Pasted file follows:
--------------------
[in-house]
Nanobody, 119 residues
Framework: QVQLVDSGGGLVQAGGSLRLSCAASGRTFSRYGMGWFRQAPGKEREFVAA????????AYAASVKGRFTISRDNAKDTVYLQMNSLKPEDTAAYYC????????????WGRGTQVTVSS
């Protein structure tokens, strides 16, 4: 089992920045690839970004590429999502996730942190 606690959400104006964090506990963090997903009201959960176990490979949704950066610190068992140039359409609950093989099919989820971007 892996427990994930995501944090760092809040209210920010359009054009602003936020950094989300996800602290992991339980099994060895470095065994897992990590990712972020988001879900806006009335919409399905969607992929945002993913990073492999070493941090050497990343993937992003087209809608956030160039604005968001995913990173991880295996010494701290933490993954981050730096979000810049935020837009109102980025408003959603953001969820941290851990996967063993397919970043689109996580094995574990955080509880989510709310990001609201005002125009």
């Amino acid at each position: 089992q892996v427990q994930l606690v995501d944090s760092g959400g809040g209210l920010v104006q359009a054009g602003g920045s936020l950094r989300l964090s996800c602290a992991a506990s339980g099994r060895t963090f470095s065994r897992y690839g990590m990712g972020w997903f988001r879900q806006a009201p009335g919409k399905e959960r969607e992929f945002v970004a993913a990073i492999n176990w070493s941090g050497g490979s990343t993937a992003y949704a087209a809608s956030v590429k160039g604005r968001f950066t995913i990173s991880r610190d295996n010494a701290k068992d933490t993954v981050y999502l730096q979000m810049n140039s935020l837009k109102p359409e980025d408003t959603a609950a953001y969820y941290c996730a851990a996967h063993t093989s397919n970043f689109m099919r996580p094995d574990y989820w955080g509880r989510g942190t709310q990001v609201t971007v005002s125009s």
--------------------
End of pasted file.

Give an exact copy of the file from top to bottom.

[in-house]
Nanobody, 119 residues
Framework: QVQLVDSGGGLVQAGGSLRLSCAASGRTFSRYGMGWFRQAPGKEREFVAA????????AYAASVKGRFTISRDNAKDTVYLQMNSLKPEDTAAYYC????????????WGRGTQVTVSS
């Protein structure tokens, strides 16, 4: 089992920045690839970004590429999502996730942190 606690959400104006964090506990963090997903009201959960176990490979949704950066610190068992140039359409609950093989099919989820971007 892996427990994930995501944090760092809040209210920010359009054009602003936020950094989300996800602290992991339980099994060895470095065994897992990590990712972020988001879900806006009335919409399905969607992929945002993913990073492999070493941090050497990343993937992003087209809608956030160039604005968001995913990173991880295996010494701290933490993954981050730096979000810049935020837009109102980025408003959603953001969820941290851990996967063993397919970043689109996580094995574990955080509880989510709310990001609201005002125009």
């Amino acid at each position: 089992q892996v427990q994930l606690v995501d944090s760092g959400g809040g209210l920010v104006q359009a054009g602003g920045s936020l950094r989300l964090s996800c602290a992991a506990s339980g099994r060895t963090f470095s065994r897992y690839g990590m990712g972020w997903f988001r879900q806006a009201p009335g919409k399905e959960r969607e992929f945002v970004a993913a990073i492999n176990w070493s941090g050497g490979s990343t993937a992003y949704a087209a809608s956030v590429k160039g604005r968001f950066t995913i990173s991880r610190d295996n010494a701290k068992d933490t993954v981050y999502l730096q979000m810049n140039s935020l837009k109102p359409e980025d408003t959603a609950a953001y969820y941290c996730a851990a996967h063993t093989s397919n970043f689109m099919r996580p094995d574990y989820w955080g509880r989510g942190t709310q990001v609201t971007v005002s125009s």